3. The sign of claim 1, wherein the sheet comprises photo-illuminescent material.

4. The sign of claim 1, wherein the panel comprises metallic material.

5. The sign of claim 1, wherein the sheet comprises vinyl.

6. The sign of claim 1, further comprising fire-retardant adhesive, wherein the backing and the sheet are secured to the panel with the fire-retardant adhesive.

7. The sign of claim 6, wherein the fire-retardant adhesive comprises at least two strips of double-sided tape.

8. The sign of claim 1, wherein the backing comprises a front surface and a back surface, the backing comprising fire-retardant adhesive on each surface.

9. The sign of claim 1, wherein the sheet comprises at least one reflective marking.

10. The sign of claim 1, wherein the at least one aperture comprises an alphanumeric shape.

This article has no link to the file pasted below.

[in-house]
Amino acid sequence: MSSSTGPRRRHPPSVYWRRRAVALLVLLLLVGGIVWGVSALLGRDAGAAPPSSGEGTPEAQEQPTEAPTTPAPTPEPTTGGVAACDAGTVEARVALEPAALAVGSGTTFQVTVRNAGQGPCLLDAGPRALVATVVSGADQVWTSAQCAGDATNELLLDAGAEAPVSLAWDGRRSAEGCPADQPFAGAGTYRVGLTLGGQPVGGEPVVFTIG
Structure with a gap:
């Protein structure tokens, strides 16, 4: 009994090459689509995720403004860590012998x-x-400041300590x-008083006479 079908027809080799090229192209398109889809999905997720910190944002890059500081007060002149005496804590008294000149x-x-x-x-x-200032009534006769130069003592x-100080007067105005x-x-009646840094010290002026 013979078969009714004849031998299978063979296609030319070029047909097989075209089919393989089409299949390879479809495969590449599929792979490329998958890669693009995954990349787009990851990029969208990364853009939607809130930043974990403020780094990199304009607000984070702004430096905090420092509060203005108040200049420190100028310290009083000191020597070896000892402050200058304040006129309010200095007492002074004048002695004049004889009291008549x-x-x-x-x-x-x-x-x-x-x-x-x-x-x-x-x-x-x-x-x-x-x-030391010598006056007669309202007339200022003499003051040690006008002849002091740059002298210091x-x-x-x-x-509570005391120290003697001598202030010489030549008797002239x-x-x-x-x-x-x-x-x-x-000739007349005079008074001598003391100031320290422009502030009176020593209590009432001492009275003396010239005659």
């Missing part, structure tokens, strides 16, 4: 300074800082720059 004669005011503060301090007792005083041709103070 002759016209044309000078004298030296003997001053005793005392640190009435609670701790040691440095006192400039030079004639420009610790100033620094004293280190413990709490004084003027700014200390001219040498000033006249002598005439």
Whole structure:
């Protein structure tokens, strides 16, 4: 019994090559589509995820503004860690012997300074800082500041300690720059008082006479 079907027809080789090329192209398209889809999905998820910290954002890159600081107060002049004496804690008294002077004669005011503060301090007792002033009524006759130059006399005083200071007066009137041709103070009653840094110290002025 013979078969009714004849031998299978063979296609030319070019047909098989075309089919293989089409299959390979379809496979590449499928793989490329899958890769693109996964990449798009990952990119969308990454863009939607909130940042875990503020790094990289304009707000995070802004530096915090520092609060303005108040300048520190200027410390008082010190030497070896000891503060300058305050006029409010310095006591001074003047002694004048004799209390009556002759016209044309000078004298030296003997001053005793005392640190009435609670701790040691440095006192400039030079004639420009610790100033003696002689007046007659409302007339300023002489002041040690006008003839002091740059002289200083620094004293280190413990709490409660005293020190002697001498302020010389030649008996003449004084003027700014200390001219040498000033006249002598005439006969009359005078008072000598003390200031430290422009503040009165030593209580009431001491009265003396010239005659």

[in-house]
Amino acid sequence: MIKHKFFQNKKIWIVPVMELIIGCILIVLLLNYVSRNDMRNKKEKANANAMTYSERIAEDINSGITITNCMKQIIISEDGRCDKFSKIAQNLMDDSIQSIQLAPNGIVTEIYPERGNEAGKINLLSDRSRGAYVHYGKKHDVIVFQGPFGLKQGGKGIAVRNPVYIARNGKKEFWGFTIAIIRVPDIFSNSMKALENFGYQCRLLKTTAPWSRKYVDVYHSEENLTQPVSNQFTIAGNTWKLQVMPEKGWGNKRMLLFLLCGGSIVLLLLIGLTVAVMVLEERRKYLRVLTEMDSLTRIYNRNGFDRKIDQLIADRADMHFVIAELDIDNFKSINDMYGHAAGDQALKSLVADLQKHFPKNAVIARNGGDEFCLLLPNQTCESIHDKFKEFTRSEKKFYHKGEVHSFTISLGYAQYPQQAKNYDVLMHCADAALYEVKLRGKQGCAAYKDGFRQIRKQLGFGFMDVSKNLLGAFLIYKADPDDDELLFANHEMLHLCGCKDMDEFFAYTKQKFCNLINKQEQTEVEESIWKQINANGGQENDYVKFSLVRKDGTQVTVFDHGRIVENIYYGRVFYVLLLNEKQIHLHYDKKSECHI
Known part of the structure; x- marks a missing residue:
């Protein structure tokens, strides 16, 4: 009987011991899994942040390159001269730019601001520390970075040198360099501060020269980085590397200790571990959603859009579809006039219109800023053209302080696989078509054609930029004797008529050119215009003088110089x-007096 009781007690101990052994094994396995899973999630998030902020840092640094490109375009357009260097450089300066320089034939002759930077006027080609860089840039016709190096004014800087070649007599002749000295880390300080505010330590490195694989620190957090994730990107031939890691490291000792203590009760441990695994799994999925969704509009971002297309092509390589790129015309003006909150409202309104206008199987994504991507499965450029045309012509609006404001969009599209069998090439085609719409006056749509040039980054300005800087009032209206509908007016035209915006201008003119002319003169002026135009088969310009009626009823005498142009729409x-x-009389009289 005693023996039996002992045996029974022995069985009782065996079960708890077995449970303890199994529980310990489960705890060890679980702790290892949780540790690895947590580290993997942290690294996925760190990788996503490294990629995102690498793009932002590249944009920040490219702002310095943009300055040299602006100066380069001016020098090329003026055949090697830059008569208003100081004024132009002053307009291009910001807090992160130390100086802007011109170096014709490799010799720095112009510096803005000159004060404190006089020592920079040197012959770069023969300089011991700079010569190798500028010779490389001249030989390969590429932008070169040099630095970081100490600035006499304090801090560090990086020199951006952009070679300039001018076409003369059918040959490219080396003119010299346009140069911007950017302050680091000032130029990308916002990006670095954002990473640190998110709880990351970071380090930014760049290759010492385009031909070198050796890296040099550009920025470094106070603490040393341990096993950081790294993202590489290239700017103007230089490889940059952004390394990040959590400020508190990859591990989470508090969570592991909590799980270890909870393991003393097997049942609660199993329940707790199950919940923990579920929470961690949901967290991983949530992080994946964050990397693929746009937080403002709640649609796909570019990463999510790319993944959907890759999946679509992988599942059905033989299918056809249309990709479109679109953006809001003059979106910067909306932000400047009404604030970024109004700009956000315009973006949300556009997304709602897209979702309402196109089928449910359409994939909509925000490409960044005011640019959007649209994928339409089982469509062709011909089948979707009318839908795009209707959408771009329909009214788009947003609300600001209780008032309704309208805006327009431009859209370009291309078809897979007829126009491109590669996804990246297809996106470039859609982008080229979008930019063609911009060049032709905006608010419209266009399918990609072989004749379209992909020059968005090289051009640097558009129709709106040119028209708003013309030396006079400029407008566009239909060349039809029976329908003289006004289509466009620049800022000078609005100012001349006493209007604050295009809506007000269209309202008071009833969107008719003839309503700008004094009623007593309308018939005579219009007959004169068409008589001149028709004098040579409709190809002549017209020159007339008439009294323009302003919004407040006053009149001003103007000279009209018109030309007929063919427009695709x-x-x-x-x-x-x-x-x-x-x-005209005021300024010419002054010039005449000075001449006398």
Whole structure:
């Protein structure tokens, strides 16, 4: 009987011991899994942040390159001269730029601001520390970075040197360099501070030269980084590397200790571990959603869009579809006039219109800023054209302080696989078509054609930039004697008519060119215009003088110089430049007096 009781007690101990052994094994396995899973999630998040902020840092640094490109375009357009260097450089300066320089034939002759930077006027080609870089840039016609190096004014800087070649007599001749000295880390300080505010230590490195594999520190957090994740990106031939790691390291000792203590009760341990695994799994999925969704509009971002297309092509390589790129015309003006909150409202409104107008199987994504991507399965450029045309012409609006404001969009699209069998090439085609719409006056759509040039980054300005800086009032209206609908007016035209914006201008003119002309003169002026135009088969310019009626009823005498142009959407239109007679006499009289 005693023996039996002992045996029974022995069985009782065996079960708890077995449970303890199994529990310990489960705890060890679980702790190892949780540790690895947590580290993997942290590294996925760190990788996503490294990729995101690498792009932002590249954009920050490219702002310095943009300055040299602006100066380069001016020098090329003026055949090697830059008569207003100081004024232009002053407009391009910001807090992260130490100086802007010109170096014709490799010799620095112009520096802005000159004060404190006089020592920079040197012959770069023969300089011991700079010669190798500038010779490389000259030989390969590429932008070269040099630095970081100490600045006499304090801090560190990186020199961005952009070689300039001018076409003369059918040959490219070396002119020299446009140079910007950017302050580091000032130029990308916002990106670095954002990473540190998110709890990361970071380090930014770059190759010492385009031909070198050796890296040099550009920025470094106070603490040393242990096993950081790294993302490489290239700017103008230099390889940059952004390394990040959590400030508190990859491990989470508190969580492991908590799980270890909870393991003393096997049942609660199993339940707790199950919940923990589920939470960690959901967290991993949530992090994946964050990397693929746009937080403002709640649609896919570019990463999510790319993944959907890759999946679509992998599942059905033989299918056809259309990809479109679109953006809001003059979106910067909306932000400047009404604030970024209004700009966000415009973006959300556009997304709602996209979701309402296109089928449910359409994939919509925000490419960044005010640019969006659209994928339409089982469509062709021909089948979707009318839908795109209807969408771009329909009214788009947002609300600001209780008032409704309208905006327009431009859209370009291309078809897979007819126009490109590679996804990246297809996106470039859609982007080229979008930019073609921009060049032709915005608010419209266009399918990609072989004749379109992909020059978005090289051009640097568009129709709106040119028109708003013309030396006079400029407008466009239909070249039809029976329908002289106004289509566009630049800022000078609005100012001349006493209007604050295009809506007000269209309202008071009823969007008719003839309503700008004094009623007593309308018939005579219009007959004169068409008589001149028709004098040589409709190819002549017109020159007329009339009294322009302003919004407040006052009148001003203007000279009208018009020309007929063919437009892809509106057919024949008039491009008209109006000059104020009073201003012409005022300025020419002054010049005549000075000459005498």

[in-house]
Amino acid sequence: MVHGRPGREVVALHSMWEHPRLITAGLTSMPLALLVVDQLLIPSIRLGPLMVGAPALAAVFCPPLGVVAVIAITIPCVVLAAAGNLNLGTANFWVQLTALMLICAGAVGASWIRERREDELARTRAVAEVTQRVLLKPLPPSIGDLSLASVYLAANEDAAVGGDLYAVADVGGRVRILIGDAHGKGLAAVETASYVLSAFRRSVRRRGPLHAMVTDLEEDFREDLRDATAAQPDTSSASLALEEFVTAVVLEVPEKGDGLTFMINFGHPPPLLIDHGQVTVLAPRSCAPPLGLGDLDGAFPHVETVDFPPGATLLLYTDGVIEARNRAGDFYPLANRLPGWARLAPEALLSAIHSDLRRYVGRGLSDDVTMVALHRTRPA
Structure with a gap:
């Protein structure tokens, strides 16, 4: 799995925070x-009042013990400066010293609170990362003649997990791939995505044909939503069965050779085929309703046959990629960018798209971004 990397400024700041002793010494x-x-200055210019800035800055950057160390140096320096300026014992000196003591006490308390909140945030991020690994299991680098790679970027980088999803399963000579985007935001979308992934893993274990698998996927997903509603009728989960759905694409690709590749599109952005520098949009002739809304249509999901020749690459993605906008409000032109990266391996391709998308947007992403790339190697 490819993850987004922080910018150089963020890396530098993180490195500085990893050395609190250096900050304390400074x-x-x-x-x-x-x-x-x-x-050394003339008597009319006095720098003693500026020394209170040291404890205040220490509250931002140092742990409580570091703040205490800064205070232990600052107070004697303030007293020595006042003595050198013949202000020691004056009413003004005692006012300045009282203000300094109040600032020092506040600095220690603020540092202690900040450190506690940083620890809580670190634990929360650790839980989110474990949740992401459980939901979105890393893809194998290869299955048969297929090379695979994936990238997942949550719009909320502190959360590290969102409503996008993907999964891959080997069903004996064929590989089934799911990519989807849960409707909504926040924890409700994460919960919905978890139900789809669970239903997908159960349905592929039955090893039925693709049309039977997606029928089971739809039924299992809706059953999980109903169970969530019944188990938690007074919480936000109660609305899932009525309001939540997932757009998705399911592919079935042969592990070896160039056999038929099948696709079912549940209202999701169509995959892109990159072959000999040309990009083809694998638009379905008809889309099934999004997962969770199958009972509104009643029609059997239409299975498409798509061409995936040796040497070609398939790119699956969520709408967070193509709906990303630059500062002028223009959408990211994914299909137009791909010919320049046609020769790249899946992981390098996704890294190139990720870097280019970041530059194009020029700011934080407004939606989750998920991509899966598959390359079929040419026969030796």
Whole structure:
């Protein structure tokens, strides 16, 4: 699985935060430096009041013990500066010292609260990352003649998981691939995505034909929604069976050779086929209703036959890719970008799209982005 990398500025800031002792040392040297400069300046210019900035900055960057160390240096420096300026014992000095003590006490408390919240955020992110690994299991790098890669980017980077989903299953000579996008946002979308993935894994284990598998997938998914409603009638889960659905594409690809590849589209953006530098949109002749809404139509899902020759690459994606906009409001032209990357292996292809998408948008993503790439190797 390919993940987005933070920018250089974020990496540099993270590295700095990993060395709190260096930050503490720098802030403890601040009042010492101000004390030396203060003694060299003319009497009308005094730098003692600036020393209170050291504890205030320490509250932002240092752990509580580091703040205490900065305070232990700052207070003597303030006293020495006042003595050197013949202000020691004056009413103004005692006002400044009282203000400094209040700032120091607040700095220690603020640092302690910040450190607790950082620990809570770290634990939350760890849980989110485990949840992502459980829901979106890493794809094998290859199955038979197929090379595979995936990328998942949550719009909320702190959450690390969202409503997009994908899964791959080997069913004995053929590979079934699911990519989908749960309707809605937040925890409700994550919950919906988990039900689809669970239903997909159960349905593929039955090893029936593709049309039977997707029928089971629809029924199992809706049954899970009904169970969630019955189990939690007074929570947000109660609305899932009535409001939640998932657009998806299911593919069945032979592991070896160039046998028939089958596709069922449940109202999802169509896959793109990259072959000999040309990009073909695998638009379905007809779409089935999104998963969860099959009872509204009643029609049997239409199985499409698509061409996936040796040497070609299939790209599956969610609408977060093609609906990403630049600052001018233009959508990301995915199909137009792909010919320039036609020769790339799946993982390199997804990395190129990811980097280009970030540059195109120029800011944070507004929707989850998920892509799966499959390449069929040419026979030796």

11. The sign of claim 1, wherein the volume of fluid is adapted to be viewed by a thermal-imaging unit during high-temperature conditions.

12. A sign, comprising: a panel having at least one alphanumeric aperture therethrough from the front surface to the back surface; and a volume of fluid defined with respect to the at least one panel aperture.

13. The sign of claim 12, wherein the panel further comprises: a backing adhered to the panel back surface, the backing comprising flame retardant material; and a cover adhered to the panel front surface, the cover comprising flame retardant material.

14. The sign of claim 13, wherein the cover comprises photo-illuminescent material.